The work done by Interstellar’s visual effects team is now more than just mere science fiction as their work could find use in providing new insights into the powerful effects of black holes.
In a paper published in Classical and Quantum Gravity, the team has described an innovative computer code that was used to generate the movie’s iconic images of the wormhole, black hole and various celestial objects and explained how the code has led them to new science discoveries.
Using their code, the film’s team found that when a camera is close up to a rapidly spinning black hole, peculiar surfaces in space — known as caustics — create more than a dozen images of individual stars and of the thin, bright plane of the galaxy in which the black hole lives.
London-based visual effects company Double Negative and theoretical physicist Kip Thorne from the California Institute of Technology found that the images were concentrated along one edge of the black hole’s shadow.
These multiple images are caused by the black hole dragging space into a whirling motion and stretching the caustics around itself many times.
“It is the first time that the effects of caustics have been computed for a camera near a black hole, and the resulting images give some idea of what a person would see if they were orbiting around a hole,” Thorne explained.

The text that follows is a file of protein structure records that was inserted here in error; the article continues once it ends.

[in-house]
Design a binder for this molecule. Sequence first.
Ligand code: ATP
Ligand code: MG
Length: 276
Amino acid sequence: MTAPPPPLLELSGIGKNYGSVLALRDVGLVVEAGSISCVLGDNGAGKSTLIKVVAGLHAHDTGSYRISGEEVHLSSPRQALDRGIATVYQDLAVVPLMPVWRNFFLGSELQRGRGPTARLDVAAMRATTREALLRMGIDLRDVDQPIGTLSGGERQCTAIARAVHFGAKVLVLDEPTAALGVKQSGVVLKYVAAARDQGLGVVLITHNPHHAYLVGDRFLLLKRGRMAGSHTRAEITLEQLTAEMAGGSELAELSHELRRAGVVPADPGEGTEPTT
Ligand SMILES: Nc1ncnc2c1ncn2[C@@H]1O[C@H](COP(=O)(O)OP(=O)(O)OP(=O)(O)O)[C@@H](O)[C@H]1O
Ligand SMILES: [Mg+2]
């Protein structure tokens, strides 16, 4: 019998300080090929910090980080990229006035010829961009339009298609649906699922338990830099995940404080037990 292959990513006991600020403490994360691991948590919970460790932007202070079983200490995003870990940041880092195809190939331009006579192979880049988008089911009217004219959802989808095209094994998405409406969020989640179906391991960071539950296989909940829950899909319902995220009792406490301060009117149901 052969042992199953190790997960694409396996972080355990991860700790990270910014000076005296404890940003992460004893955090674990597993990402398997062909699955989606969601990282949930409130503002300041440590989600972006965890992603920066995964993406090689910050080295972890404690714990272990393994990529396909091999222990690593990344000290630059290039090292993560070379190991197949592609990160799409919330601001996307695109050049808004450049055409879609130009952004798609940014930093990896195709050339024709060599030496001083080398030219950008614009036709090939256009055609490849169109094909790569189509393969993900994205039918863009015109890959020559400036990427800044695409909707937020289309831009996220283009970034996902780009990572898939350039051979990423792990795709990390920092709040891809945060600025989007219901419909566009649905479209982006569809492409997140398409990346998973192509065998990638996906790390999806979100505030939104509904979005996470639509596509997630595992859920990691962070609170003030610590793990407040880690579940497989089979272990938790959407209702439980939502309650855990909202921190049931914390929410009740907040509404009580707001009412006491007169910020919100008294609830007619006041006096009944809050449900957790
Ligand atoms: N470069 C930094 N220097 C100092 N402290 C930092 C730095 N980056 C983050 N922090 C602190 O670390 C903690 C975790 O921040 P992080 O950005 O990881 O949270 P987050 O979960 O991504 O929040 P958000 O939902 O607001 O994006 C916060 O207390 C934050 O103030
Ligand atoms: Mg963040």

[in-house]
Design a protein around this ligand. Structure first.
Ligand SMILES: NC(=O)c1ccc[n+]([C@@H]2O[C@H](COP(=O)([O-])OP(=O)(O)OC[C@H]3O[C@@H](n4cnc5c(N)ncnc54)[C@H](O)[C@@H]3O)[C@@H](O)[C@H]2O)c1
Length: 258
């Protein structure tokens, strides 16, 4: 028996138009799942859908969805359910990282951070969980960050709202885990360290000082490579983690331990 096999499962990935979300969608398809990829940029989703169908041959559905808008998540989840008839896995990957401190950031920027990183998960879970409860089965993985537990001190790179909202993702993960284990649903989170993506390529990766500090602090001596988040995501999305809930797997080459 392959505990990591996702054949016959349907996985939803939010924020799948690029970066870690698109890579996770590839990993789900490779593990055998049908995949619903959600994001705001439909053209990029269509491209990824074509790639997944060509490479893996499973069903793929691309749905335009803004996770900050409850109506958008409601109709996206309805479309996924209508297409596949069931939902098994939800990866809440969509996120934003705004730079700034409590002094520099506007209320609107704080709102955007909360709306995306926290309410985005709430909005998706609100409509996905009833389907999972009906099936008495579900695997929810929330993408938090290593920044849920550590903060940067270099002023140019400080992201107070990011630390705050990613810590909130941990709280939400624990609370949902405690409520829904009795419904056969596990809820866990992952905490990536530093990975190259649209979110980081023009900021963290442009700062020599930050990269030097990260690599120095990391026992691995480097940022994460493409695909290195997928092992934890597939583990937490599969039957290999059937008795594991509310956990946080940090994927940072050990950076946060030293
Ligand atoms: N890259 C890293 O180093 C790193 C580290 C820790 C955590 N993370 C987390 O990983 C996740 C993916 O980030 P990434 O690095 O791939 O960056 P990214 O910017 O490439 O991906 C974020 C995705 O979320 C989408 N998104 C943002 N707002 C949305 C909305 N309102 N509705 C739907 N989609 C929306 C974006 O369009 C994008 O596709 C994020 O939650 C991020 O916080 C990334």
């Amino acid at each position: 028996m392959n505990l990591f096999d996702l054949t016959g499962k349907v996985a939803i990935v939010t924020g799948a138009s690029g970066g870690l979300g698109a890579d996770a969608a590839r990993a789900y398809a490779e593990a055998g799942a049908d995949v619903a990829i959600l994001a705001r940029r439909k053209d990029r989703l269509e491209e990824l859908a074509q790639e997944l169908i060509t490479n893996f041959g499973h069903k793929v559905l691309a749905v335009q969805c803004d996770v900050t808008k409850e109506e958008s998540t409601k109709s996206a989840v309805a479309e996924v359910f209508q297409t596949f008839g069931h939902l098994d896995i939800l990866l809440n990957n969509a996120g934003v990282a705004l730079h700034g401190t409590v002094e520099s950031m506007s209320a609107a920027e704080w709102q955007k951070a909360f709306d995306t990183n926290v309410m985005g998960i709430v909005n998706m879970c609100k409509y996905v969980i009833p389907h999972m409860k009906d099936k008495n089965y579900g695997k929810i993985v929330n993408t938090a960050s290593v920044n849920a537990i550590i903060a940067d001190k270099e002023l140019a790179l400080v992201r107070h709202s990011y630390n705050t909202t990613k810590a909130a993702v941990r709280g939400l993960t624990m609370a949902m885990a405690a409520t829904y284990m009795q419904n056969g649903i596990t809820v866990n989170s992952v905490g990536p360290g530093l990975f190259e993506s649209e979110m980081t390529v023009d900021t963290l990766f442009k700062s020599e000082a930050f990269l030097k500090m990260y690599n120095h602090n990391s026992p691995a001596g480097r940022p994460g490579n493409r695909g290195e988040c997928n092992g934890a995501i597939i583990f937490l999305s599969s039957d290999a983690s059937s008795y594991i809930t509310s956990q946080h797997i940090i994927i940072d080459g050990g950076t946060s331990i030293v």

The discoveries were made possible by the team’s computer code that mapped the paths of millions of lights beams and their evolving cross-sections as they passed through the black hole’s warped spacetime.
The computer code was used to create images of the movie’s wormhole and the black hole called Gargantua and its glowing accretion disk with unparalleled smoothness and clarity.
It showed portions of the accretion disk swinging up over the top and down under Gargantua’s shadow, and also in front of the shadow’s equator, producing an image of a split shadow that has become iconic for the movie.
This weird distortion of the glowing disk was caused by gravitational lensing — a process by which light beams from different parts of the disk, or from distant stars, are bent and distorted by the black hole, before they arrive at the movie’s simulated camera. [Related: Hubble captures smiling face in space]
This lensing happens because the black hole creates an extremely strong gravitational field, literally bending the fabric of spacetime around itself, like a bowling ball lying on a stretched out bed sheet.
With the black hole encircled within a rich field of distant stars and nebulae instead of an accretion disk, the team found that the standard approach of using just one light ray for one pixel in a computer code—in this instance, for an IMAX picture, a total of 23 million pixels—resulted in flickering as the stars and nebulae moved across the screen.
Co-author of the study and chief scientist at Double Negative, Oliver James, said: “To get rid of the flickering and produce realistically smooth pictures for the movie, we changed our code in a manner that has never been done before. Instead of tracing the paths of individual light rays using Einstein’s equations—one per pixel—we traced the distorted paths and shapes of light beams.”
“This new approach to making images will be of great value to astrophysicists like me. We, too, need smooth images,” Thorne added.